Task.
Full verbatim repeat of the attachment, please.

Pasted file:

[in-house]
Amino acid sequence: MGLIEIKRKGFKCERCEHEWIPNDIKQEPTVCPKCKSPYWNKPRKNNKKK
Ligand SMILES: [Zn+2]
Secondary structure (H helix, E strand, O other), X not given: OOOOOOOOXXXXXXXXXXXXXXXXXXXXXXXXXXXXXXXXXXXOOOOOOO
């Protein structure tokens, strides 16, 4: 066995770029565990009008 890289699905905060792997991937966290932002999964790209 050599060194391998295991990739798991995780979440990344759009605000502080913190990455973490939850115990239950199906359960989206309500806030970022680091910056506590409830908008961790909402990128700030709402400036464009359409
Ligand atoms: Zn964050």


[in-house]
Amino acid sequence: MGLIEIKRKGFKCERCEHEWIPNDIKQEPTVCPKCKSPYWNKPRKNNKKK
Ligand SMILES: [Zn+2]
Secondary structure (H helix, E strand, O other), X not given: OOOOOOOOXXXXXXXXXXXXXXXXXXXXXXXXXXXXXXXXXXXOOOOOOO
């Protein structure tokens, strides 16, 4: 066995770029565990009008 890289699905905060792997991937966290932002999964790209 050599060194391998295991990739798991995780979440990344759009605000502080913190990455973490939850115990239950199906359960989206309500806030970022680091910056506590409830908008961790909402990128700030709402400036464009359409
Ligand atoms: Zn964050």